The Royal Library of Alexandria or Ancient Library of Alexandria in
Alexandria, Egypt, was once the largest library in the ancient world.
The Library of Alexandria, generally thought to have been founded at the
beginning of the third century BC, was conceived and opened during the reign of Ptolemy I Soter, or that of his son Ptolemy II of Egypt. It has been reasonably established that the Library or parts of the collection were destroyed on a number of occasions, but to this day the details of the destruction (or destructions)
remain a lively source of controversy based on inconclusive evidence. The
Bibliotheca Alexandrina, an institution intended both as a commemoration and an emulation of the original, was inaugurated in 2003 near the site of the old Library.[1]
1 The Library as a research institution2 Collection3 Destruction of the Library3.1 Caesar's conquest in 48 BC3.2 Attack of Aurelian, third century3.3 Decree of Theophilus in 3913.4 Muslim conquest in 6423.5 Conclusion4 In fiction5 See also6 Notes7 References8 External linksThe Library as a research institutionThe Ancient Library of Alexandria.
According to the earliest source of information, the pseudepigraphic Letter of Aristeas, the Library was initially organized by Demetrius of Phaleron,[2] a student of Aristotle under the reign of Ptolemy Soter.
Built in the Brucheion (Royal Quarter) in the style of Aristotle's Lyceum, adjacent to and in service of the Musaeum [3] (a Greek Temple or "House of Muses", where we get the term "museum"), the Library comprised a Peripatos walk, gardens, a room for shared dining, a reading room, lecture halls and meeting rooms. However, the exact layout is not known. This model's influence may still be seen today in the layout of university campuses. The library itself is known to have an acquisitions department (possibly built near the stacks, or for utility closer to the harbour), and a cataloguing department. The hall contained shelves for the collections of scrolls (as the books were at this time on papyrus scrolls), known as bibliothekai. Carved into the wall above the shelves, a famous inscription read: The place of the cure of the soul.[4]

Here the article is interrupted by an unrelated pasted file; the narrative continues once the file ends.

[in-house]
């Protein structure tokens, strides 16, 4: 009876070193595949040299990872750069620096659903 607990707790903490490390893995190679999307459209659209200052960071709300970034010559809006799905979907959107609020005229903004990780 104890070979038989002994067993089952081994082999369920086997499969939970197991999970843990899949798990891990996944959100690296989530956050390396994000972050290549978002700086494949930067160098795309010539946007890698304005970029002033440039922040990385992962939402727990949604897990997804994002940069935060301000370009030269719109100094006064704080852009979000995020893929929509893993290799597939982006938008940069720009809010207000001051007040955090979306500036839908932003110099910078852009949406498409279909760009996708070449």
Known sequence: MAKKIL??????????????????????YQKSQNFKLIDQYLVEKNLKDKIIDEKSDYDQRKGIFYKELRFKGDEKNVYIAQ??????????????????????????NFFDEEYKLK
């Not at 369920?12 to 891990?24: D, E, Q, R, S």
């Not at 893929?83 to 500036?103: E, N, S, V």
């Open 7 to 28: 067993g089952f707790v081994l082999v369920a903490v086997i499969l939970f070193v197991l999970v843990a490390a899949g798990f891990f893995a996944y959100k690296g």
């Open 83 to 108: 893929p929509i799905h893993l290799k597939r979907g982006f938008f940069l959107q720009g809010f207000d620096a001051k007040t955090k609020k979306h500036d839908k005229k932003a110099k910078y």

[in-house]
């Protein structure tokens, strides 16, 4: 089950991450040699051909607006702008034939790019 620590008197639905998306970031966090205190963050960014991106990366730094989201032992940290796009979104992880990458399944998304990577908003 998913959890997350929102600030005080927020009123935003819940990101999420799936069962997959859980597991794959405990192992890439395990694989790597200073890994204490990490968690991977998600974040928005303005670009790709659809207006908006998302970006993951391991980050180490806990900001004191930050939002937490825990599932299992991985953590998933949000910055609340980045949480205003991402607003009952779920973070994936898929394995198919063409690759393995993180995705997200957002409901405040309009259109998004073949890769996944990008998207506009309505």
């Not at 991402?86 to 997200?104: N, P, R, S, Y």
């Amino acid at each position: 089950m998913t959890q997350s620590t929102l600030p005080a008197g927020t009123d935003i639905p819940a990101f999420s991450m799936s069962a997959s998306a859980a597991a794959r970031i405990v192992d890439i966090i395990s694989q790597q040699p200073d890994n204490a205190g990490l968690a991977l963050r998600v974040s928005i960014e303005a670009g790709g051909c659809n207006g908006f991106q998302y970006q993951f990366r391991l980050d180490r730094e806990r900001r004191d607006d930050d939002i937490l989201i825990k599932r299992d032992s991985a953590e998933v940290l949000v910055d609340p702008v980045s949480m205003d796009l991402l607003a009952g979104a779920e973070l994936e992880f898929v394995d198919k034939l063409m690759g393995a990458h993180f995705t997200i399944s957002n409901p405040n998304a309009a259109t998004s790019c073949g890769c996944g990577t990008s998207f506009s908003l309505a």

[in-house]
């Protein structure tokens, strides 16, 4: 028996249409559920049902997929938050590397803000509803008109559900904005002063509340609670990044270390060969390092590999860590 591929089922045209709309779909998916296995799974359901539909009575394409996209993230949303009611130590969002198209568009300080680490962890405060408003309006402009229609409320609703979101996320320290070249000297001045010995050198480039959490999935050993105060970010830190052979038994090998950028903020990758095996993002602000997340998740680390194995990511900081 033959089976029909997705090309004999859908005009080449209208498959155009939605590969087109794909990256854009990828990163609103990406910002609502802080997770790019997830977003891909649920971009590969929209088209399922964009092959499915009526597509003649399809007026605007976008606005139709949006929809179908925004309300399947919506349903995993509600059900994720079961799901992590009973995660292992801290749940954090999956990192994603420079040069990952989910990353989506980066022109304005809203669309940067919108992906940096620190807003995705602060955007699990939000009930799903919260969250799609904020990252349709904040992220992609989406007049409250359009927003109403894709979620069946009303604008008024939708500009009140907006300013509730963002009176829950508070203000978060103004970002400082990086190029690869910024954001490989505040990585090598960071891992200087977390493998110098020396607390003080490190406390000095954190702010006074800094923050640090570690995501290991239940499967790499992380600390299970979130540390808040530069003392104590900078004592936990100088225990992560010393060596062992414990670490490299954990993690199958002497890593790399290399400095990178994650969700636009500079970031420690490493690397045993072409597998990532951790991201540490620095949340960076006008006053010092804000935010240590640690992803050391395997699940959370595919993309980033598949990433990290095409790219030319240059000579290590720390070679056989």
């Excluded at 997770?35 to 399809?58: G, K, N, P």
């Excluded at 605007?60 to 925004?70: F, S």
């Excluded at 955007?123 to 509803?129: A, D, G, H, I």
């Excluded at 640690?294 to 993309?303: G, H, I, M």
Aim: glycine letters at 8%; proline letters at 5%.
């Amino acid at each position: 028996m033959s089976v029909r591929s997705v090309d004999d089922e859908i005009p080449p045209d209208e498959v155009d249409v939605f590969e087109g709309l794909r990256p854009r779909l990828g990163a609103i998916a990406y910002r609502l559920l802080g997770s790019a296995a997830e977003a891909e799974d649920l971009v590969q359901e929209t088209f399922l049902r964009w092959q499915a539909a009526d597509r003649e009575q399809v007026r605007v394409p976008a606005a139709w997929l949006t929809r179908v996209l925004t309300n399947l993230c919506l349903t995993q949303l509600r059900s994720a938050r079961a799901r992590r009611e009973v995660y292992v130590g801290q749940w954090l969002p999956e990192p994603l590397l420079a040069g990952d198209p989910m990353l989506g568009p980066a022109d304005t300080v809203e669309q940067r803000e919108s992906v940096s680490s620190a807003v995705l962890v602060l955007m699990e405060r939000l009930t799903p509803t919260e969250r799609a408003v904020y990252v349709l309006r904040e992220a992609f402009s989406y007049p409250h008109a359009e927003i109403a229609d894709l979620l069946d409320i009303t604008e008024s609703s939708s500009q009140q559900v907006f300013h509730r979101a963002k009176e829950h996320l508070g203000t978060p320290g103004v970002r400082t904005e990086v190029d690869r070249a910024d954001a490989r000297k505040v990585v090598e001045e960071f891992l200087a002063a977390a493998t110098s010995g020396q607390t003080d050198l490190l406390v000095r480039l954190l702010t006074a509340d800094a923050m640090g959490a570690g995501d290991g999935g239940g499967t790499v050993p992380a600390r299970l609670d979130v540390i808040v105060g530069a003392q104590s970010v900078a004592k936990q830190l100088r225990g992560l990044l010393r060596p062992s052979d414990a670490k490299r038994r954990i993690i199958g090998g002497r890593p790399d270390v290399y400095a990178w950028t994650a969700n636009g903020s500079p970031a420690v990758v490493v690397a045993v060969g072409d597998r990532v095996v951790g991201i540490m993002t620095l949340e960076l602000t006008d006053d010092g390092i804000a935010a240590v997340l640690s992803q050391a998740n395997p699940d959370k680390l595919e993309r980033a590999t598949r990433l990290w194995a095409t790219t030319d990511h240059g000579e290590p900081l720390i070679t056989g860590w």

The first known library of its kind to gather a serious collection of books from beyond its country's borders, the Library at Alexandria was charged with collecting all the world's knowledge. It did so through an aggressive and well-funded royal mandate involving trips to the book fairs of Rhodes and Athens [5] and a (potentially apocryphal or exaggerated) policy of pulling the books off every ship that came into port, keeping the originals and returning copies to their owners. This detail is informed by the fact that Alexandria, because of its man-made bidirectional port between the mainland and the Pharos island, welcomed trade from the East and West and soon found itself the international hub for trade, as well as the leading producer of papyrus and, soon enough, books.Besides collecting works from the past, the library was also home to a host of international scholars, well-patronized by the Ptolemaic dynasty with travel, lodging and stipends for their whole families. As a research institution, the Library filled its stacks with new works in mathematics, astronomy, physics,
natural sciences and other subjects. It was at the Library of Alexandria that the scientific method was first conceived and put into practice, and its empirical standards applied in one of the first and certainly strongest homes for serious textual criticism. As the same text often existed in several different versions, comparative textual criticism was crucial for ensuring their veracity. Once ascertained, canonical copies would then be made for scholars, royalty and wealthy bibliophiles the world over, this commerce bringing income to the library. The editors at the Library of Alexandria are especially well known for their work on Homeric texts, the more famous editors generally also holding the title of head librarian. These included, among others, [6]
Zenodotus (early third century BC)Apollonius of Rhodes (mid-third century BC)Eratosthenes (late third century BC)Aristophanes of Byzantium (early second century BC)Aristarchus of Samothrace (late second century BC)Collection